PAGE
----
I like Nuveen. I own several of their municipal bond CEFs and leveraged equity CEFs that include senior loan and preferred securities. But the fact of the matter is that Nuveen would probably be thought of as more of a fixed-income bond house than a stock equity house. And yet, here are their pure equity, option-income index funds trading at all-time high valuations despite NAVs that significantly lag their benchmarks in a bull market.
What are the funds I'm talking about? They are the Nuveen S&P Dynamic Overwrite fund (SPXX), the Nuveen S&P Buy/Write Income fund (BXMX), the Nuveen NASDAQ-100 Overwrite fund (QQQX) and the Nuveen Dow 30 Dynamic Overwrite fund (DIAX). Current and recent performance statistics are shown in the box below.
Now I would first like to say that I am not against these funds and in fact, I strongly endorsed them when Nuveen re-structured all of them back in 2014. I wrote many articles and blogs back then on the restructurings and I owned them across the board.
Note: Articles/blogs are in chronological order
Obviously, these funds were a major focus of mine back in 2014-2015 and they all were trading at much more attractive valuations whereas now, they are all trading at premium valuations, some worse than others. Why is that so bad?
Because, unlike "book value" in stocks or other securities, there is NO QUESTION as to the under or overvaluation of an equity CEF as long as the NAV given by the fund sponsor is an accurate representation of the liquidation value of the fund. You often hear of "book value" for companies or stocks and how undervalued they might be. Well, that may be true but in a liquidation of assets of a company, I would not want to have to rely on "book value" as the basis for my investment if assets had to be sold.
But in equity CEFs (not necessarily fixed-income CEFs) in which the assets are readily marketable as Level 1 securities, your financial interest is represented by the NAV if anything goes wrong. The market price is purely subject to what other investors are willing to buy or sell the security at.
This is the reason why I focus entirely on the NAV and NAV performance of a CEF and give very little credibility to the market price. Now maybe the market price is not something you need to worry about in a bull market environment, but back in 2007 and early 2008 it certainly was.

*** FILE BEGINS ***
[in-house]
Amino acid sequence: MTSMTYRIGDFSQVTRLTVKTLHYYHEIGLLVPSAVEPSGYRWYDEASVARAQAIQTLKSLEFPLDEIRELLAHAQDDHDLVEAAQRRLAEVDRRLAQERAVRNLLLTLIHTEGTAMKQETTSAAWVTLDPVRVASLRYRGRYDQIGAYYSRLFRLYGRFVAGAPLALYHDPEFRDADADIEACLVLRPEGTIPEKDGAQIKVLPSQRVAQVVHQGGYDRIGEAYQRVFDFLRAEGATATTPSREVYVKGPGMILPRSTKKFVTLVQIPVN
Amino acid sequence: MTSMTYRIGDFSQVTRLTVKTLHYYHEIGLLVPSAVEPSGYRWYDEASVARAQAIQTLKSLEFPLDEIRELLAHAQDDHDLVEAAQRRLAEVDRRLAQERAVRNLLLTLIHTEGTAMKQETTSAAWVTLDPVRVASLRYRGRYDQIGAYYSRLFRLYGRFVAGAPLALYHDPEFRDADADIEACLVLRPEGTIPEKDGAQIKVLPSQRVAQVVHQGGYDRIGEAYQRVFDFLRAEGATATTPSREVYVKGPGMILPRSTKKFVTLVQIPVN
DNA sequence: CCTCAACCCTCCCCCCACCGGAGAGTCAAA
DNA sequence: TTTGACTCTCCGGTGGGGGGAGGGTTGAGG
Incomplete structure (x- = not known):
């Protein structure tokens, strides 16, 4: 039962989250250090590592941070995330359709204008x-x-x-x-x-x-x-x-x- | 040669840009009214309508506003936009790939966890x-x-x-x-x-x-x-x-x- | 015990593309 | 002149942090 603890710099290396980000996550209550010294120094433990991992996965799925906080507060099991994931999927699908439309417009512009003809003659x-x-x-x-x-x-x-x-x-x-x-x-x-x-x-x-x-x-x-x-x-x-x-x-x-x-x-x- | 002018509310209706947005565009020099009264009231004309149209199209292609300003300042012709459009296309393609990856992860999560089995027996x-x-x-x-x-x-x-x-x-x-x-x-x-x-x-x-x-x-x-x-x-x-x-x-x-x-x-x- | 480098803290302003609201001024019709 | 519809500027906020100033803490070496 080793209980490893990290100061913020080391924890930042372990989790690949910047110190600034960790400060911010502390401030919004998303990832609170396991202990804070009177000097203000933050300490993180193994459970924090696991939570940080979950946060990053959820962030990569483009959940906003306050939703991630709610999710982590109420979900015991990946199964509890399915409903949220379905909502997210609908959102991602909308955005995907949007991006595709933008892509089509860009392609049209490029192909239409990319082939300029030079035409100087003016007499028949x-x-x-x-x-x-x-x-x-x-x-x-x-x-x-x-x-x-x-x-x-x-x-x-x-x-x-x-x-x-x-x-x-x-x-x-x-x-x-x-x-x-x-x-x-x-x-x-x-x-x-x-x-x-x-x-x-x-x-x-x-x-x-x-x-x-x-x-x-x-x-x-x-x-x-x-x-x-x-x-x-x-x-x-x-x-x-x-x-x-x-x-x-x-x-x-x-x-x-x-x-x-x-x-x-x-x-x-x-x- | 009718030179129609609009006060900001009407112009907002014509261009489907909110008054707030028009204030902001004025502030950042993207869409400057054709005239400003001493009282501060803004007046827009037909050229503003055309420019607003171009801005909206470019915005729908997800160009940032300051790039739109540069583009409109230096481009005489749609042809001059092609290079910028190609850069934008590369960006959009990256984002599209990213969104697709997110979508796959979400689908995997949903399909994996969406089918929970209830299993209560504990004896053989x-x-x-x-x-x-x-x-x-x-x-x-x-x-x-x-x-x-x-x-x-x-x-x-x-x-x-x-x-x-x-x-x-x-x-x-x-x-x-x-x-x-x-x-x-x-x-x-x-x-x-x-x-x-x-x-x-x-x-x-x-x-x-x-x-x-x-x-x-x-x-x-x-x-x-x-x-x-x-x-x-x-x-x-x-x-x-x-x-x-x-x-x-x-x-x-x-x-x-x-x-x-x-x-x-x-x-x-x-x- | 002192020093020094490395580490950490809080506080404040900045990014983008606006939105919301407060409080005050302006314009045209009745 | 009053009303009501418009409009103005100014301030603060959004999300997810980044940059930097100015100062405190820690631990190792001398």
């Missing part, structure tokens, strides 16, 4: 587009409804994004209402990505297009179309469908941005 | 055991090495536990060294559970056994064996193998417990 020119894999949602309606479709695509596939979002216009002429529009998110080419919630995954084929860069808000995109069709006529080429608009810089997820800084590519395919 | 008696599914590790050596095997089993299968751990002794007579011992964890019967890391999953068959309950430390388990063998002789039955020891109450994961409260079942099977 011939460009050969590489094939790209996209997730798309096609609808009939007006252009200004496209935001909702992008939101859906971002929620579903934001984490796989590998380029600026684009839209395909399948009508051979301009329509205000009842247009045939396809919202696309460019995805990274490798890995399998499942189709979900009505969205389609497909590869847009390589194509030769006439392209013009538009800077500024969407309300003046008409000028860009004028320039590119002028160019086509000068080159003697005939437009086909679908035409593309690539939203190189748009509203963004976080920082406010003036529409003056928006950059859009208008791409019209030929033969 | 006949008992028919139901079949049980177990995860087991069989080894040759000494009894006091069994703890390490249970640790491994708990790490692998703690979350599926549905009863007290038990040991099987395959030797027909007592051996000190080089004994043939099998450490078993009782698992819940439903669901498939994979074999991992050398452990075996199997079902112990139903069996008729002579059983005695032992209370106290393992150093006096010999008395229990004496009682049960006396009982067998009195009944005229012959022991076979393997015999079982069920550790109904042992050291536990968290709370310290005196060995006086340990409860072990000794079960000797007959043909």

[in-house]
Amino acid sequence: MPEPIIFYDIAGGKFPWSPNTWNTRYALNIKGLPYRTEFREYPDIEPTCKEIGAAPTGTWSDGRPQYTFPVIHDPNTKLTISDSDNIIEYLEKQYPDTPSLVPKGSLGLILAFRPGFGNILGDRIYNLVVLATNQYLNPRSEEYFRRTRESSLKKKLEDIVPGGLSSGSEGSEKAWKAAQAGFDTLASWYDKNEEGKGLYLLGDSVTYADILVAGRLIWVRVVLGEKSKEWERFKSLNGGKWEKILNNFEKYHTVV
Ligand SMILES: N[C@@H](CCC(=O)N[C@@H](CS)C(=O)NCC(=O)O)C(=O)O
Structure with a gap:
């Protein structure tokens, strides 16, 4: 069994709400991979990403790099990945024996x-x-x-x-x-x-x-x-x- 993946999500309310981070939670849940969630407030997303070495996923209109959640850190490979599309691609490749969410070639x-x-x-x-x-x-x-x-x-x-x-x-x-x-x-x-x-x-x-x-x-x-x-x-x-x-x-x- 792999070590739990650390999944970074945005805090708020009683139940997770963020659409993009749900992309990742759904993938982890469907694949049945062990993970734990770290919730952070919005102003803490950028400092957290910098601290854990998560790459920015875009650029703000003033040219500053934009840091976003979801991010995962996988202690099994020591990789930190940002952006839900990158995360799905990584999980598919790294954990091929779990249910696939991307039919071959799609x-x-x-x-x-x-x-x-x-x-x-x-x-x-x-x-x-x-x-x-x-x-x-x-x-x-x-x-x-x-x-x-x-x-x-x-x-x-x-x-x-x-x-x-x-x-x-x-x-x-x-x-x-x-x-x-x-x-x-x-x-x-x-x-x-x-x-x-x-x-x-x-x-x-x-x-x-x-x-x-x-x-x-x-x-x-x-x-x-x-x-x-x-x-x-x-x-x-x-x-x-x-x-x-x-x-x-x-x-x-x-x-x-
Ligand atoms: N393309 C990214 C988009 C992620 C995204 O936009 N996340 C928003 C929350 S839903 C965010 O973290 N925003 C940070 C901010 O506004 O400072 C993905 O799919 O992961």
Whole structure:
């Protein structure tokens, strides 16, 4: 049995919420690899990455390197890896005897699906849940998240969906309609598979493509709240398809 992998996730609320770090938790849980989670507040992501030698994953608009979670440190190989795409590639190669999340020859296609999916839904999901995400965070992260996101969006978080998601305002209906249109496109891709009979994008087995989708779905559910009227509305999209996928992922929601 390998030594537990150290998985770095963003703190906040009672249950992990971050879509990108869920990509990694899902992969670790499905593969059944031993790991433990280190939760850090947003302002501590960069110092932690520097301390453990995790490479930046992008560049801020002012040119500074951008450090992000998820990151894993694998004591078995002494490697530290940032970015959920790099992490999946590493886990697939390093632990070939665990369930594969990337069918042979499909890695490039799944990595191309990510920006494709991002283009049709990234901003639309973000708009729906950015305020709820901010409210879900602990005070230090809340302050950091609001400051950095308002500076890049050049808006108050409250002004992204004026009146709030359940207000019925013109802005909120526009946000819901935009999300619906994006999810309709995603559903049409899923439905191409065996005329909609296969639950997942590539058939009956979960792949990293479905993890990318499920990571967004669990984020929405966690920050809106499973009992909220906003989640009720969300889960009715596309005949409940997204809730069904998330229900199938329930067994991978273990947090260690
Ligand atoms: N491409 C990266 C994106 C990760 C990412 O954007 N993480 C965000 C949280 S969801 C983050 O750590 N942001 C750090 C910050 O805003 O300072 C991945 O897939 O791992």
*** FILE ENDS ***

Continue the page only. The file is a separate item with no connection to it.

But why should you care about discounts and premiums when there really is no threat of liquidation? Well, you may not have to worry about mergers or liquidations but there are ongoing events that will affect your investment return each and every time the fund goes ex-dividend. Every time a premium priced fund goes ex-dividend, you lose. How much you lose depends on how high the premium valuation is but when you start getting up to 10% to 15% market price premiums or more, you lose more than you realize over time.
It's simple mathematics. If a fund has to pay a higher yield (its NAV yield) than you receive (your market yield), you lose each and every time that occurs. I'm not going to go into the dynamics of how it is actually easier for a fund's market price to make up the ex-dividend amount when the fund trades at a premium valuation when you can read all about it here, Equity CEFs: Why CEFs Can Stay At Premiums/Discounts And Why That Doesn't Matter.
If you do not understand after reading this why CEFs at premiums cost you even if the premium stays the same, then you should not be owning these securities in my opinion. Now I agree, as long as there are unsophisticated investors (or perhaps institutional investors with pair trades forced to cover shorts or just trying to juice returns), then this can go on for some time. However, understand that at some point, it's going to make a lot more sense for more investors to sell their premium priced CEFs than investors willing to purchase them.
I wanted to get this out because I am seeing some of the most ridiculous moves going on in equity CEFs even while other CEFs languish at wide discounts with higher yields and just as good of NAV performance. Heck, it would make a lot more sense at this stage to just buy the index ETFs, (SPY), (QQQ) or (DIA) and sell your own options against your position. That's what I'm doing, though I own (XLK) rather than QQQ.
I'll be back with some alternatives to the Nuveen Option Overwrite CEFs but do yourselves a favor and don't chase these funds to ever higher market price premiums. You'll only cost yourself in the long run.
Disclosure: I am/we are long XLK, DIA. I wrote this article myself, and it expresses my own opinions. I am not receiving compensation for it (other than from Seeking Alpha). I have no business relationship with any company whose stock is mentioned in this article.